Interestingly, the myth of Diana and Actaeon has been compared to a story in the Mesopotamian Epic of Gilgamesh. In one of the episodes in the epic, the goddess Ishtar falls in love with Gilgamesh, and desires that he becomes her lover. Gilgamesh, however, rejects Ishtar, citing the misfortune that befell all her previous lovers. One of them, Gilgamesh points out, was “the shepherd, herdsman, and chief shepherd”, who Ishtar hit and “turned him into a wolf, / His own herd-boys hunt him down / And his dogs tear at his haunches”.

Ishtar’s Midnight Courtship, from Ishtar and Izdubar, the epic of Babylon, 1884. (The British Library)

Ishtar’s Midnight Courtship, from Ishtar and Izdubar, the epic of Babylon, 1884. ( The British Library)

The two myths are similar only in the transformation of a human being into an animal - Diana/Artemis and Ishtar are two completely different goddesses. Whilst the former is a virgin goddess, the latter was worshipped as a goddess of love and fertility. Moreover, the nature of Actaeon’s offence is known, but that of Ishtar’s shepherd lover is not stated, though it is entirely possible that it was an arbitrary decision, which would explain Gilgamesh’s fear and rejection of Ishtar’s advances.

Depicting the Myth of Diana and Actaeon

Finally, the myth of Diana and Actaeon was a popular subject matter for the artists of the Renaissance period. The best-known depiction of the myth are the paintings made by the Italian painter Tiziano Vecelli (better-known as Titian in English) for King Philip II of Spain. These were two paintings – Diana and Actaeon, and The Death of Actaeon, the former depicting the moment Actaeon stumbles on Diana/Artemis and the latter the moment of the hero’s death. The Death of Actaeon is displayed by the National Gallery, London and Diana and Actaeon is shared between that art gallery and the National Gallery of Scotland; the painting alternates between the two on five-year terms.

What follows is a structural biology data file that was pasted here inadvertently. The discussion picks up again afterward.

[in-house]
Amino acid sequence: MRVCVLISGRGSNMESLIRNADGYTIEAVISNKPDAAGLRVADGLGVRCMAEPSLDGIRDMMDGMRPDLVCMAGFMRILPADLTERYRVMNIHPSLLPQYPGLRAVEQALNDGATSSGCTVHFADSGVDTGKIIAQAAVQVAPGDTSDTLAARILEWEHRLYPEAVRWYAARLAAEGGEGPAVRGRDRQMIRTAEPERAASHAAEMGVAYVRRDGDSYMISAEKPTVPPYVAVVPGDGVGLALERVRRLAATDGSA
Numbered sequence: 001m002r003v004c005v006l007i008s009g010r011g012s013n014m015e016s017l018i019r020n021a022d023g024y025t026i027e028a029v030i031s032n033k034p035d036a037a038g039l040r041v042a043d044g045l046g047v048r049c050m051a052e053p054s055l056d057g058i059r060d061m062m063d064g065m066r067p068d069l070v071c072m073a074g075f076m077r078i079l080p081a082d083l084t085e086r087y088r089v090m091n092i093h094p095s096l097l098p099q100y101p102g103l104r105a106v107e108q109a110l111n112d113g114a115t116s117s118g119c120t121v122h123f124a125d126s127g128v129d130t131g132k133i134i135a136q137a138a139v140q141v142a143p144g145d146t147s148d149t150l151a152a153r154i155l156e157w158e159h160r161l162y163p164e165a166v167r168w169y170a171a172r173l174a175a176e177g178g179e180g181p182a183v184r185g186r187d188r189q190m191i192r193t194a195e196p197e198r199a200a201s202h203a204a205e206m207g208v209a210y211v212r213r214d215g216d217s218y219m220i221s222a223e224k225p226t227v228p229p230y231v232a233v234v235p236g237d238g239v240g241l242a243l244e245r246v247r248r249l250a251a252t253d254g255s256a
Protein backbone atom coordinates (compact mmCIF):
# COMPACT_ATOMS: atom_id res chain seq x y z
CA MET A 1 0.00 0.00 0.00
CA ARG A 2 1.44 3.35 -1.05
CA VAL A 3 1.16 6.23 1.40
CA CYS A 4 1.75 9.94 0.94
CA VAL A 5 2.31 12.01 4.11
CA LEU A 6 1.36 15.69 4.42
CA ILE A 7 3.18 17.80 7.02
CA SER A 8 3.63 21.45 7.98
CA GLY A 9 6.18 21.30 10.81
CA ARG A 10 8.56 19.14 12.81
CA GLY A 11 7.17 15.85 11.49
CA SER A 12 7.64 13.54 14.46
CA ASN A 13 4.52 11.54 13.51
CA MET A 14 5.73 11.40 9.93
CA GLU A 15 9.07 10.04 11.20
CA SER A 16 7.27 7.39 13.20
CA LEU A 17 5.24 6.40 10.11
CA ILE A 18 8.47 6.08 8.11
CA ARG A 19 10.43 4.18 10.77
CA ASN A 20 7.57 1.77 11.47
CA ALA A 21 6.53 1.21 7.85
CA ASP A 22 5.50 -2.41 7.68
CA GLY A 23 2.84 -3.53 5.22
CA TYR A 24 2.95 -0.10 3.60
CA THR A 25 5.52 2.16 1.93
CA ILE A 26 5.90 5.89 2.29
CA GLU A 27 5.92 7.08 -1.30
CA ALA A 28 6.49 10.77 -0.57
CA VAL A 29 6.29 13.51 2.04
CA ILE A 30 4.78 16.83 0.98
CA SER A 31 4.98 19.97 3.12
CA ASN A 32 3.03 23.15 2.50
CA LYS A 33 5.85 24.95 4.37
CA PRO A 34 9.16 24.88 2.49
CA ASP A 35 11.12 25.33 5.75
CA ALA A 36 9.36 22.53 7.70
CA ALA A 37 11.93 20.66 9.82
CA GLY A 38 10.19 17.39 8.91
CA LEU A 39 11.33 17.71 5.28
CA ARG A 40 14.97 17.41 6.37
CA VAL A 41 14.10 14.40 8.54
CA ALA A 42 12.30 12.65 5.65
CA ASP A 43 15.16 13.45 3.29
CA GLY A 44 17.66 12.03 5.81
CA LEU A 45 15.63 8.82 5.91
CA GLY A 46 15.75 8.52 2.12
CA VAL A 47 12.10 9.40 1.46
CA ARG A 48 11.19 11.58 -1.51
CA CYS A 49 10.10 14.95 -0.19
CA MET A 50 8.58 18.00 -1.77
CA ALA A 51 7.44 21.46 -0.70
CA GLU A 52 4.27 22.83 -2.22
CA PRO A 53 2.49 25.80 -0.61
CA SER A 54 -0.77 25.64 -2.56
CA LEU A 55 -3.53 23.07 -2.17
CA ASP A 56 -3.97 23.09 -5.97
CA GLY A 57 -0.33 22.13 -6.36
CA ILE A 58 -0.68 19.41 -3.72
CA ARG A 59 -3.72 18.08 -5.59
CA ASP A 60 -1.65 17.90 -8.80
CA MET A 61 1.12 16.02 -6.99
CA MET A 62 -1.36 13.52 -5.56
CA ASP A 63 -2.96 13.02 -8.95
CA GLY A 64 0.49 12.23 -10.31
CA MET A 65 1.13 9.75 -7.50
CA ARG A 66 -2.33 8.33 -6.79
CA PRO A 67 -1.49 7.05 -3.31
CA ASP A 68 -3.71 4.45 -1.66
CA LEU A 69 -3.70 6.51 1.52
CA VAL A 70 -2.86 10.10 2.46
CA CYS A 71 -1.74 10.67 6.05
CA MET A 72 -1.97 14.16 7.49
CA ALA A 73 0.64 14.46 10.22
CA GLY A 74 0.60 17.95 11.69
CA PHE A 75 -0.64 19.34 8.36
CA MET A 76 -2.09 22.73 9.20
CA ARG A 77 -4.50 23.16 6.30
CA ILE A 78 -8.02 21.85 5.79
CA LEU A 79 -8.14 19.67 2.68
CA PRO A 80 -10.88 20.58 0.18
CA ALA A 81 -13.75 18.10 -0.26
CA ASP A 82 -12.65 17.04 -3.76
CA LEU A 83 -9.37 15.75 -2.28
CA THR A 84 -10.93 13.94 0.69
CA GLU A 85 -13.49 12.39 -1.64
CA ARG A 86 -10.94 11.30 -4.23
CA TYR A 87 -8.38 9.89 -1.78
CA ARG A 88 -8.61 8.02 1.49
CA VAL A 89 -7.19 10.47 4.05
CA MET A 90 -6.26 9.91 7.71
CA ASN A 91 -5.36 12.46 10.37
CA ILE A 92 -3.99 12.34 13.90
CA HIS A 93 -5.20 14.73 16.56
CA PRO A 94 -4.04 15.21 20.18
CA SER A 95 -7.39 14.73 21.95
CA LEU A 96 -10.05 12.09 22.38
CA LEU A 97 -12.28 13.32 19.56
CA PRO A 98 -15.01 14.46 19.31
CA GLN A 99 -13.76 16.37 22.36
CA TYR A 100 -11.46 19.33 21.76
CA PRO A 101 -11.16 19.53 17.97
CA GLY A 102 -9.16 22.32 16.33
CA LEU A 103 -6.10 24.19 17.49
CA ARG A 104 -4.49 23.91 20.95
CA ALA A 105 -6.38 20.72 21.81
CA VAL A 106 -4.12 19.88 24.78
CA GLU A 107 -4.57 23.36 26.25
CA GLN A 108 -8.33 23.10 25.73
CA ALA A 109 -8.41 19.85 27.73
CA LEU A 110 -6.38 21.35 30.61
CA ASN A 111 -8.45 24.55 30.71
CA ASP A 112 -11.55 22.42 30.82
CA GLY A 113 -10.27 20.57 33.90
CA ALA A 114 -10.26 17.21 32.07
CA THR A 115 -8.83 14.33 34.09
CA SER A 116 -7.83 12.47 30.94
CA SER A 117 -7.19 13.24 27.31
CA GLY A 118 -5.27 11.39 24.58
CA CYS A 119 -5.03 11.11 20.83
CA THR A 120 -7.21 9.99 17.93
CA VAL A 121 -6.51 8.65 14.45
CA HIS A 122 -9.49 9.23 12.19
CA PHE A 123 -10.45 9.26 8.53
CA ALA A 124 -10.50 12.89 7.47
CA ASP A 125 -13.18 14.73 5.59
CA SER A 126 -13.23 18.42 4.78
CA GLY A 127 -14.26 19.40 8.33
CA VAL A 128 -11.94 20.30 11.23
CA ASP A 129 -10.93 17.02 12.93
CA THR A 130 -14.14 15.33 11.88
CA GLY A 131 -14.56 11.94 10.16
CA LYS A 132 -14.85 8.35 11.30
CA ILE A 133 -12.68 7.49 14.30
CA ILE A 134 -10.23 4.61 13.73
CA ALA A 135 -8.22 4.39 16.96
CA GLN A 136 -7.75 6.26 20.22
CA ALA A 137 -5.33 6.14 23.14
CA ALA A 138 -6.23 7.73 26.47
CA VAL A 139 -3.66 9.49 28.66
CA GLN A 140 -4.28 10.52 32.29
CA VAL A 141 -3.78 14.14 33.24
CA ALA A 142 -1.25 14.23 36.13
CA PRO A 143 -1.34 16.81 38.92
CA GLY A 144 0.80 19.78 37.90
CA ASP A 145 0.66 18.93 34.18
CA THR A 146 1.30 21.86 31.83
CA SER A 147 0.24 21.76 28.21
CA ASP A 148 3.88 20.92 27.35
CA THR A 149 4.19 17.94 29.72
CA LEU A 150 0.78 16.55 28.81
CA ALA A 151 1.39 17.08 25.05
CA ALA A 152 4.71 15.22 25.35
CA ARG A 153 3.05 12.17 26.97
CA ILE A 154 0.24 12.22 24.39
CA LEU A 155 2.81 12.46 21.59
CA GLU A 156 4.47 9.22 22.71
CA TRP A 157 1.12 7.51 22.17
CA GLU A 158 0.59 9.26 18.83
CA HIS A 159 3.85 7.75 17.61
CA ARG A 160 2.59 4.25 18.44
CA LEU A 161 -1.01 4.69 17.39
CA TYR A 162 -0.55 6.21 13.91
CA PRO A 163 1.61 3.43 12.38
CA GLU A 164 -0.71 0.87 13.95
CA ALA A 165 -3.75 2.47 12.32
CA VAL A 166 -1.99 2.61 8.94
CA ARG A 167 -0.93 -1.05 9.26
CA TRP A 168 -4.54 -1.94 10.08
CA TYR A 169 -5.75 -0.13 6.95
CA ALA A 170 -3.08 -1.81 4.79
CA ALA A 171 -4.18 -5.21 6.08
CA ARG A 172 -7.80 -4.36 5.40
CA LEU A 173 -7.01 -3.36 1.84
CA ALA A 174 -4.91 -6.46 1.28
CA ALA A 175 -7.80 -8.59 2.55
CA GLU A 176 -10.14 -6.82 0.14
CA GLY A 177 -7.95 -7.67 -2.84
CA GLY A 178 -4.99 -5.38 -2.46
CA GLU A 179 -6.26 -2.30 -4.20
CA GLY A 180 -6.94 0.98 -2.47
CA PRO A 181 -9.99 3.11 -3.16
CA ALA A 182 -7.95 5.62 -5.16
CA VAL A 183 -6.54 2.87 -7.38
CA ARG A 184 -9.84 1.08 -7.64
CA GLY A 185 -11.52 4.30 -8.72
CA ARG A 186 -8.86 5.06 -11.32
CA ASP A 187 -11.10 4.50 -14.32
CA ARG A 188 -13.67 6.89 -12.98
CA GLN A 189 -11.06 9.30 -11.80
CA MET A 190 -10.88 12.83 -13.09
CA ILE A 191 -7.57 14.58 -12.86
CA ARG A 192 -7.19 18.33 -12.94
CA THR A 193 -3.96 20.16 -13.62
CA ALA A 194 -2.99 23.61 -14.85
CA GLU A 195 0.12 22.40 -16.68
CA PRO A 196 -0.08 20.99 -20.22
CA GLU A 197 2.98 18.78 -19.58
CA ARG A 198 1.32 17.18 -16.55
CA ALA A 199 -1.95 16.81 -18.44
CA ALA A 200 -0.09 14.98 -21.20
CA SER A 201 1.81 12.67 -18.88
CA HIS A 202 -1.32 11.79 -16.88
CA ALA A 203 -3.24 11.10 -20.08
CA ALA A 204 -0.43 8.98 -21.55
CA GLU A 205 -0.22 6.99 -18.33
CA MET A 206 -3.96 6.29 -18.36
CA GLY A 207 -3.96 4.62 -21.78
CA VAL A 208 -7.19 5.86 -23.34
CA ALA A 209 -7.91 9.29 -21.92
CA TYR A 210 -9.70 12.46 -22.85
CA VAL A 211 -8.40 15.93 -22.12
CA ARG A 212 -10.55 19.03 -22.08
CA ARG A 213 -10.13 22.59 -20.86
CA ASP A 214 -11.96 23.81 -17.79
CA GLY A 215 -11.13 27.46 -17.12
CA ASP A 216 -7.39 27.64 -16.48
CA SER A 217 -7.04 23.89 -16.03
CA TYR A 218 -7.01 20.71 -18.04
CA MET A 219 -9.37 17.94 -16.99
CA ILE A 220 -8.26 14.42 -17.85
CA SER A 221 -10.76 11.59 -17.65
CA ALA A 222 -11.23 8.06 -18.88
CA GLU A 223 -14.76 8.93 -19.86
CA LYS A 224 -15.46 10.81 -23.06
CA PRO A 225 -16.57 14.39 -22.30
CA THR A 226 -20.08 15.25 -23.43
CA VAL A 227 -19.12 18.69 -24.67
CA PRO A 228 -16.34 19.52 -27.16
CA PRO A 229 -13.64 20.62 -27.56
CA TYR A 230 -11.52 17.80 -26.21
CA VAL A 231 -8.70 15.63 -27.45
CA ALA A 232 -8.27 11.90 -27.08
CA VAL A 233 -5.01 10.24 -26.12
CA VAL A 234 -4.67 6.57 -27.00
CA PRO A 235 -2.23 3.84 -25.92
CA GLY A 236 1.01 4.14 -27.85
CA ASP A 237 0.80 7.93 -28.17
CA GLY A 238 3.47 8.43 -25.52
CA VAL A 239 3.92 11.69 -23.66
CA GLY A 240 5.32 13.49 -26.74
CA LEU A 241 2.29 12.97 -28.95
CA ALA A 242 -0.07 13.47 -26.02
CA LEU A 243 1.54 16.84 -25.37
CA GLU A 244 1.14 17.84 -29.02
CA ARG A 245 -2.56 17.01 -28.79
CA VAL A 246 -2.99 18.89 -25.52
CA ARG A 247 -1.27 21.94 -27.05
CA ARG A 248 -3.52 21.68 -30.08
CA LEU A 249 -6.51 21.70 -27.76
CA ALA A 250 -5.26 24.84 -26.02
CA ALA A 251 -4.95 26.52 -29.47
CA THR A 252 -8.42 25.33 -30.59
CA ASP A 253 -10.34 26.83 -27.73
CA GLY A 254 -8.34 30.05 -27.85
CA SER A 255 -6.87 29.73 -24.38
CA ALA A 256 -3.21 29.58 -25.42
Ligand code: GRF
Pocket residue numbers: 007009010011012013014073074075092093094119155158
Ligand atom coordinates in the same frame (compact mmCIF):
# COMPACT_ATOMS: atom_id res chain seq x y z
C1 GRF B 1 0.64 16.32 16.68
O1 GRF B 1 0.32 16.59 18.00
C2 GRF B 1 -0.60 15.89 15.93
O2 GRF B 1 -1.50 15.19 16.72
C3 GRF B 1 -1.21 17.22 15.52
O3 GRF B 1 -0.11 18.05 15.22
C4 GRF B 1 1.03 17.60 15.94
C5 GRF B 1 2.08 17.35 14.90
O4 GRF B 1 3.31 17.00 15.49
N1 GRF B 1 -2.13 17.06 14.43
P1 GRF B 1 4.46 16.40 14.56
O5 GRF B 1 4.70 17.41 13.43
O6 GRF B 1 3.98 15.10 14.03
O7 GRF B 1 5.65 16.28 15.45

Top image: ‘Diana and Actaeon’ (1602-1603) by Giuseppe Cesari. Source: Public Domain

By Wu Mingren


Anon., The Epic of Gilgamesh. [Dalley, S. (trans.), 2008. The Epic of Gilgamesh, in Myths from Mesopotamia, Creation, the Flood, Gilgamesh, and Others. Oxford: Oxford University Press.]

Callimachus, Hymns. [Mair, A. W. and Mair, G. R. (trans.), 1921. Callimachus, Hymns and Epigrams. Lycophron. Aratus.] Available at:

Diodorus Siculus, The Library of History. [Oldfather, C. H. (trans.), 1933-1957. Diodorus Siculus’ The Library of History.] Available at:

Ovid, Metamorphoses. [More, B. (trans.), 1922. Ovid’s Metamorphoses] Available at:

Parada, C. & Förlag, M., 1997. Actaeon. Available at:

The Editors of Encyclopaedia Britannica, 2018. Actaeon. Available at:

The National Gallery, 2019. Titian's 'Diana and Actaeon'. Available at:, 2019. Actaeon. Available at:, 2019. Diana and Actaeon. Available at:

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Wu Mingren (‘Dhwty’) has a Bachelor of Arts in Ancient History and Archaeology. Although his primary interest is in the ancient civilizations of the Near East, he is also interested in other geographical regions, as well as other time periods.... Read More